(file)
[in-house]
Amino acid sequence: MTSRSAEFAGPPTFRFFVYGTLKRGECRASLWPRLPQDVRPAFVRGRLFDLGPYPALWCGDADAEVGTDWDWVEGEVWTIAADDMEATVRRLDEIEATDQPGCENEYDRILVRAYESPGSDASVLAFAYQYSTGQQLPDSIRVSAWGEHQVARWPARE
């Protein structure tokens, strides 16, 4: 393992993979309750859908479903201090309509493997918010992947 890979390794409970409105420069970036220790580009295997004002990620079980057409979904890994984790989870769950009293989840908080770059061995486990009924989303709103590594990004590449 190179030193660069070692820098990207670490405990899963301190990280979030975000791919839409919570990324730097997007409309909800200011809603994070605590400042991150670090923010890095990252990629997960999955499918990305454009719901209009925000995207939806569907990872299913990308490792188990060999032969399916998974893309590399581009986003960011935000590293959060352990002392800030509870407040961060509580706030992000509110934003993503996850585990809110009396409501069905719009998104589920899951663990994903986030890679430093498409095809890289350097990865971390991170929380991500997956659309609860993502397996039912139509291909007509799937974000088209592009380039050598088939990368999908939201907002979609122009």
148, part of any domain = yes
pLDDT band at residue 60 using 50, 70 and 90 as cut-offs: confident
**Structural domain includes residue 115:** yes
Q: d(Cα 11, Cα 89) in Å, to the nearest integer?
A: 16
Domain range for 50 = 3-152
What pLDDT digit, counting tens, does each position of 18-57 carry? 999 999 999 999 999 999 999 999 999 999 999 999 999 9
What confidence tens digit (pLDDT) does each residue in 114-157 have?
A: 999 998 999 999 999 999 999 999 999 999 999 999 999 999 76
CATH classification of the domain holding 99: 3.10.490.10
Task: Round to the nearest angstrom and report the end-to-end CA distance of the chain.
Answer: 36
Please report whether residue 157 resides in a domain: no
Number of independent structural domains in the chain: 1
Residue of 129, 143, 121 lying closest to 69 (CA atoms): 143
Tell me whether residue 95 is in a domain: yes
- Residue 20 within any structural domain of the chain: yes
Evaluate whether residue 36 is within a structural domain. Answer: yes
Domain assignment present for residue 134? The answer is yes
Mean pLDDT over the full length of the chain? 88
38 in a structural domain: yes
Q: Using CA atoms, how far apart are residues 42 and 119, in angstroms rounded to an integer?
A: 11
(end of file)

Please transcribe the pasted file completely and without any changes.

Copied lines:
[in-house]
Amino acid sequence: MTSRSAEFAGPPTFRFFVYGTLKRGECRASLWPRLPQDVRPAFVRGRLFDLGPYPALWCGDADAEVGTDWDWVEGEVWTIAADDMEATVRRLDEIEATDQPGCENEYDRILVRAYESPGSDASVLAFAYQYSTGQQLPDSIRVSAWGEHQVARWPARE
């Protein structure tokens, strides 16, 4: 393992993979309750859908479903201090309509493997918010992947 890979390794409970409105420069970036220790580009295997004002990620079980057409979904890994984790989870769950009293989840908080770059061995486990009924989303709103590594990004590449 190179030193660069070692820098990207670490405990899963301190990280979030975000791919839409919570990324730097997007409309909800200011809603994070605590400042991150670090923010890095990252990629997960999955499918990305454009719901209009925000995207939806569907990872299913990308490792188990060999032969399916998974893309590399581009986003960011935000590293959060352990002392800030509870407040961060509580706030992000509110934003993503996850585990809110009396409501069905719009998104589920899951663990994903986030890679430093498409095809890289350097990865971390991170929380991500997956659309609860993502397996039912139509291909007509799937974000088209592009380039050598088939990368999908939201907002979609122009």
148, part of any domain = yes
pLDDT band at residue 60 using 50, 70 and 90 as cut-offs: confident
**Structural domain includes residue 115:** yes
Q: d(Cα 11, Cα 89) in Å, to the nearest integer?
A: 16
Domain range for 50 = 3-152
What pLDDT digit, counting tens, does each position of 18-57 carry? 999 999 999 999 999 999 999 999 999 999 999 999 999 9
What confidence tens digit (pLDDT) does each residue in 114-157 have?
A: 999 998 999 999 999 999 999 999 999 999 999 999 999 999 76
CATH classification of the domain holding 99: 3.10.490.10
Task: Round to the nearest angstrom and report the end-to-end CA distance of the chain.
Answer: 36
Please report whether residue 157 resides in a domain: no
Number of independent structural domains in the chain: 1
Residue of 129, 143, 121 lying closest to 69 (CA atoms): 143
Tell me whether residue 95 is in a domain: yes
- Residue 20 within any structural domain of the chain: yes
Evaluate whether residue 36 is within a structural domain. Answer: yes
Domain assignment present for residue 134? The answer is yes
Mean pLDDT over the full length of the chain? 88
38 in a structural domain: yes
Q: Using CA atoms, how far apart are residues 42 and 119, in angstroms rounded to an integer?
A: 11